In celebration of the LGBTQ+ community, we reminisce about the enduring legacy of LGBTQ+ sitcom characters who have left an indelible mark on pop culture and society throughout the years. These beloved figures, hailing from classics like Friends, Will & Grace, and more recent gems such as Schitt’s Creek and Modern Family, each contributed significantly to their respective series and continue to occupy a special place in our collective consciousness.
With a plethora of characters spanning numerous shows to revisit, let’s dive right into the heart of this narrative…
Ellen Morgan (Ellen)
Throughout five seasons and over 100 episodes, the ’90s sitcom “Ellen” followed Ellen Morgan, portrayed by Ellen Degeneres, as she navigated the ups and downs of life, love, and her career as a bookstore employee turned owner.
Ellen, both as a character and portrayed by the actress herself, left an enduring mark on pop culture and society as a whole with her groundbreaking declaration in the April 1997 two-part episode, “The Puppy Episode”: “Susan, I’m gay.” This pivotal moment in television and cultural history ushered in a new era while normalizing characters that were once considered “nontraditional.”
Will Truman (Will & Grace)
While Eric McCormack believes he might not land the role of Will Truman in today’s world, his portrayal of the character in the late ’90s NBC sitcom “Will & Grace” was flawless. Will was depicted as a young and successful corporate lawyer with hints of borderline OCD tendencies.
The series, thanks in part to Will Truman and Jack McFarland (who we’ll meet shortly), broke new ground for LGBTQ+ representation in television and paved the way for other LGBTQ+ characters and shows in the years to come.
Jack McFarland (Will & Grace)
“Will & Grace” stood as a television touchstone for various reasons, with its remarkable humor and commitment to representation being chief among them. One of the most unforgettable characters from the series was Sean Hayes’ Jack McFarland, Will’s longtime best friend. This vibrant and versatile character played a central role in the show’s 11 seasons and nearly 250 episodes.
Sean Hayes’ portrayal of Jack garnered numerous accolades, including an Emmy, three Screen Actors Guild Awards, and many others throughout the show’s run. Even though Jack’s story concluded with the “Will & Grace” finale, he will forever occupy a special place in our hearts.
Mitchell Pritchett & Cameron Tucker (Modern Family)
“Modern Family,” one of the funniest shows on Hulu (and various other streaming services where it’s available), left an indelible mark on the sitcom landscape since its premiere in September 2009. Among its standout characters, we focus today on Mitchell Pritchett, portrayed by Jesse Tyler Ferguson, and his boyfriend-turned-husband Cameron Tucker, portrayed by Eric Stonestreet.
What made these characters so impactful, beyond their sheer hilarity, was their introduction of a more modern and open-minded perspective to audiences who may not have encountered a same-sex couple before. For those who grew up in less accepting communities, this marked a significant turning point in television and culture.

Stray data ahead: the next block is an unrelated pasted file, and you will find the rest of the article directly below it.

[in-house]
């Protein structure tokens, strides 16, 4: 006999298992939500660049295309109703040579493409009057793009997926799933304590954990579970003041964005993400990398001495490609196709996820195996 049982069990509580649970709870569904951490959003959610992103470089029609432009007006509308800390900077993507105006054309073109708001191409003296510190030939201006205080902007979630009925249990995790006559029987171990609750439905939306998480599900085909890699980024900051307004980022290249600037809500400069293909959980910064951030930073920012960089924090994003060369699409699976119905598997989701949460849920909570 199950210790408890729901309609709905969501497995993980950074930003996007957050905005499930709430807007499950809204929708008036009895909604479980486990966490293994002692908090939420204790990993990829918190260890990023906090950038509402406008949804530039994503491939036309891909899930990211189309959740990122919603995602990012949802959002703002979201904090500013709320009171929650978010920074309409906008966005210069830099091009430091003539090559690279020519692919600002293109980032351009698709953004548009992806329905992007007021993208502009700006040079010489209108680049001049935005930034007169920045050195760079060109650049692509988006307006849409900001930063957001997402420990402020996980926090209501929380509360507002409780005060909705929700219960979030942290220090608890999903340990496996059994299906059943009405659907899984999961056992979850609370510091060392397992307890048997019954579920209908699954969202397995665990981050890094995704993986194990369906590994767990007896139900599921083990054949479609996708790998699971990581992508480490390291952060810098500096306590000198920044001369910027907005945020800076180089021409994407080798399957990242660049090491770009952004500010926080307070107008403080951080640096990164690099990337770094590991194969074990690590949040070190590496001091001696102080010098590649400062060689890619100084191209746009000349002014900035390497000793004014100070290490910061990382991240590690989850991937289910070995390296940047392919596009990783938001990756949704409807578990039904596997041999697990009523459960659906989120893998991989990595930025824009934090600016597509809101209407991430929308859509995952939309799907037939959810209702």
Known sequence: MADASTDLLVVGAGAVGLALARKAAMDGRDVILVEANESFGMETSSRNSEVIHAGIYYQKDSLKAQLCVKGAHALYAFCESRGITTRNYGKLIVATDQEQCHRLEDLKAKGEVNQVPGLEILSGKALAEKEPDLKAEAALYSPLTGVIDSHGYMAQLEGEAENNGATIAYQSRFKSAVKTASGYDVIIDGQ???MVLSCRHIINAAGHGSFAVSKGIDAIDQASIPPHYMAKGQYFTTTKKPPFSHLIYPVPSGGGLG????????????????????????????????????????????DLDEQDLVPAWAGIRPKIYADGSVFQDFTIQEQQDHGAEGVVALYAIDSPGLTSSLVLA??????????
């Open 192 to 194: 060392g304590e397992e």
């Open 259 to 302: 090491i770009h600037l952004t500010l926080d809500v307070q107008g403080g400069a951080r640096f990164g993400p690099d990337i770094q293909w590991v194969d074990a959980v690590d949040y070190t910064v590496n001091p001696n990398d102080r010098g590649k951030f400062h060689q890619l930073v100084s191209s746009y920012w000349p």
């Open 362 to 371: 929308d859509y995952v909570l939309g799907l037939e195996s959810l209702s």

David Rose (Schitt’s Creek)
Few modern-day comedies have ingrained themselves more deeply in popular culture than “Schitt’s Creek” during its six-season run. This Canadian sitcom, chronicling the Rose family’s transformation from a life of luxury to one lived in the small town of Schitt’s Creek, provided consistent hilarity thanks to its exceptional writing and unforgettable cast of characters.
At the forefront is David Rose, portrayed by Dan Levy, the overly pampered and pretentious son of Johnny and Moira Rose. He made an instant impact with his trademark catchphrase (despite the actor’s reservations) and his over-the-top escapades. Even though the show has concluded, David remains a ubiquitous presence on the internet through gifs, memes, and videos.
Captain Raymond Holt (Brooklyn Nine-Nine)
Raymond Holt, portrayed by Andre Braugher, the no-nonsense, stoic, and deadpan captain of the 99th precinct, emerged as one of the funniest characters on “Brooklyn Nine-Nine.” Throughout its eight-season run on Fox and NBC, Holt not only kept the precinct in line and delivered some of the show’s most comical moments but also shattered barriers for LGBTQ+ characters in the medium.
As the proud first African American gay police captain in the NYPD, Captain Holt consistently defied stereotypes and offered a unique perspective on what it meant to be a gay man in the police force.
Carol & Susan (Friends)
Lastly, let’s not forget Carol Willick and Susan Bunch, two of the most memorable supporting characters from “Friends.” Initially introduced as Ross Geller’s ex-wife and her new partner, Carol and Susan would go on to become a significant pair, both within the show’s narrative and in the broader realm of pop culture.
While the portrayal and treatment of LGBTQ+ characters in “Friends” may not align with more contemporary standards, the inclusion of Carol and Susan marked a significant milestone for its time. It’s essential to acknowledge the progress and evolving attitudes in television and culture since then.
This journey through some of the most influential LGBTQ+ characters in sitcoms has been a delightful exploration of their unique qualities. Each character, in their own way, has played a vital role in introducing millions of viewers to diverse perspectives and ways of thinking that they may not have otherwise encountered.